At the site on Friday, January 24, 2020, we were working to sift through the slump from a wall that had collapsed before we had returned to the site to begin work this season. We did not find many artifacts in the slump. There were several bits of fire cracked rock (FCR). Once we had gotten through the slump, we worked to re-expose a portion of the wall, which had previously been excavated. Unfortunately, during the time the site had not been being excavated, the structures that had been put in place to preserve the site had become rotten. The dirt behind the protective structure had become unstable.
Therefore, as we removed the dirt which was anchoring the protective structure, the structure and the wall collapsed. This created more slump. This was incredibly unfortunate, as it took the artifacts within this area out of context. This means that, while we can say that a certain technology or item was used in this area, we cannot say when. Given the possibility in this space, it could have been used at any point over the past 7000 or more years. Because the wall collapsed, we lost the stratigraphy. While stratigraphy is not necessarily an exact dating process, it is a reliable relative dating process, which can tell us in relation to other things when things were used or happened.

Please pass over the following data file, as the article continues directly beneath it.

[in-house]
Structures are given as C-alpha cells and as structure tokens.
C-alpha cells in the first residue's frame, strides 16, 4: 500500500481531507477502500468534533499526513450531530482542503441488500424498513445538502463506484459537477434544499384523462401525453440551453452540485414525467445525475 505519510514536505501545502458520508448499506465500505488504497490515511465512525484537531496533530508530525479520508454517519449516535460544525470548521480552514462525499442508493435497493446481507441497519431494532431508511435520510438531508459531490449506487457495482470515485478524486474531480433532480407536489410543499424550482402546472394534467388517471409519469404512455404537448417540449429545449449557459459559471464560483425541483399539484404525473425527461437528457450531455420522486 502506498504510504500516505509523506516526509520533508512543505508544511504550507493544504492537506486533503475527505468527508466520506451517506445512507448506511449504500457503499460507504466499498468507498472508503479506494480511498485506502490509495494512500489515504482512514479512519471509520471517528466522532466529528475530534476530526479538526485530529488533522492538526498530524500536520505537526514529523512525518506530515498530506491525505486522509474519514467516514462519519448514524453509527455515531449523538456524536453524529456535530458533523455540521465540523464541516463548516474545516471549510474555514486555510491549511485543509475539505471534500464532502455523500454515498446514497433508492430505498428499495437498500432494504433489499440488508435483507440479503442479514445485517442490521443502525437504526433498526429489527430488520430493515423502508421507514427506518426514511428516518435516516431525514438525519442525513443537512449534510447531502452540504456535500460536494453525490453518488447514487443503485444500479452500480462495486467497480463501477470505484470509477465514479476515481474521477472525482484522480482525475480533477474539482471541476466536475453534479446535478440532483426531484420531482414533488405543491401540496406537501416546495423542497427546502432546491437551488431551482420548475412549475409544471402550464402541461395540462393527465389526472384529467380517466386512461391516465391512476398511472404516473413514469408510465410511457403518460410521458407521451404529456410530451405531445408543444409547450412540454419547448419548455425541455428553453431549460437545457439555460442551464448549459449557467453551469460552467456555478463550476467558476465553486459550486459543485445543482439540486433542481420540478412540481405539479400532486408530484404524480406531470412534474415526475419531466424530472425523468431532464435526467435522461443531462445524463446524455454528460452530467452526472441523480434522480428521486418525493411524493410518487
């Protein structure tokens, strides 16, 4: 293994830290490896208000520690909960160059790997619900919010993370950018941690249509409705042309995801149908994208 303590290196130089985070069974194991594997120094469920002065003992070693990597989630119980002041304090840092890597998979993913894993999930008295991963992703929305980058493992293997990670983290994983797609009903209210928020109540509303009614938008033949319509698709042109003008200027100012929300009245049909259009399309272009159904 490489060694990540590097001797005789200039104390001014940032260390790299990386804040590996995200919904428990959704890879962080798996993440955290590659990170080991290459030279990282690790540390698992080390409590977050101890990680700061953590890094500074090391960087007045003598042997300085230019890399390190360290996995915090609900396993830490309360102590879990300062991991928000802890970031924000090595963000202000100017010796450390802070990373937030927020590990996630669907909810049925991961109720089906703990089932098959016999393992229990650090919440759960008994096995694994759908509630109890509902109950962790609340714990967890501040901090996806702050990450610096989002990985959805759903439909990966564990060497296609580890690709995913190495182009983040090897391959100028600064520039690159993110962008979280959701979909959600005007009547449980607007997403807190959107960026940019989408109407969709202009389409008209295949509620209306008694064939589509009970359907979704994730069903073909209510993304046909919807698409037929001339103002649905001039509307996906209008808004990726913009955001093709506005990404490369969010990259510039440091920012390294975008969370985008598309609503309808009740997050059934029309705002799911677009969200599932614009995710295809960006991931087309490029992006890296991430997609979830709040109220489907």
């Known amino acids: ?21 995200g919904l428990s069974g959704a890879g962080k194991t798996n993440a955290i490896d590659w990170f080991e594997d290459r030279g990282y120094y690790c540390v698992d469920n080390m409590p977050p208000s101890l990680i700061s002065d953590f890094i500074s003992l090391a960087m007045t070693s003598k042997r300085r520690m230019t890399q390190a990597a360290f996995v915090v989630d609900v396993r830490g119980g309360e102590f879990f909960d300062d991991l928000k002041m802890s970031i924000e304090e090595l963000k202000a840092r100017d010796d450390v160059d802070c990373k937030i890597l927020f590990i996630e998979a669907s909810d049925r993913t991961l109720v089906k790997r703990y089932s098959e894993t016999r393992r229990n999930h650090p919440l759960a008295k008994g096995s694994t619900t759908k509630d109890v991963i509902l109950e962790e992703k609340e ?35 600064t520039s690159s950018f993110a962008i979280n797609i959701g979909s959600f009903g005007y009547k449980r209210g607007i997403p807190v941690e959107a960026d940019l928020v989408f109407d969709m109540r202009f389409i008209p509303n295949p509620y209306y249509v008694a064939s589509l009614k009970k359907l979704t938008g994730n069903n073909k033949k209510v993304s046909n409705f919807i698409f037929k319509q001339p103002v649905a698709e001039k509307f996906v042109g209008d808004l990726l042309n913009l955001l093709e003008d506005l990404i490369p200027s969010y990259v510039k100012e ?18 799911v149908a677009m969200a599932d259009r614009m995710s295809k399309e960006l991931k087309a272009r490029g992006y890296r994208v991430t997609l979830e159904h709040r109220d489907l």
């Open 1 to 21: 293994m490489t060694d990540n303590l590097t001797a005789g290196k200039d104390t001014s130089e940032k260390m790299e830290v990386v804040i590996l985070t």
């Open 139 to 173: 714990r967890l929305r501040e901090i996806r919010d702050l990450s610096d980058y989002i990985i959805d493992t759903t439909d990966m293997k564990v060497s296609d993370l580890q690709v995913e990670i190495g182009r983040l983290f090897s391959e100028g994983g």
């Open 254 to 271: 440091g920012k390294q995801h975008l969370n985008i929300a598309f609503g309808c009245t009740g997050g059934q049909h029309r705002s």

As archaeologists, context is incredibly important. Not only is context what allows us to date artifacts and identify the cultures they belonged to, context is what separates archaeologists from simple looters (along with the interest in a monetary reward for a find). While looters grab at anything shiny and destroy any context in doing so, archaeologists work tirelessly to document and maintain contexts, even though archaeology is an inherently destructive process. Once an artifact is taken out of the ground, it cannot be put back in the ground and have the validity or accuracy of a pristine find. This is why it was important that I also spent time on Friday doing an exercise on mapping and setting up grids, so that I could learn how to preserve context as an archaeologist.
We left a bit early, but thanks to modern technology and in-hand radar devices like cell phones, we were able to prepare for our departure before any real weather event happened.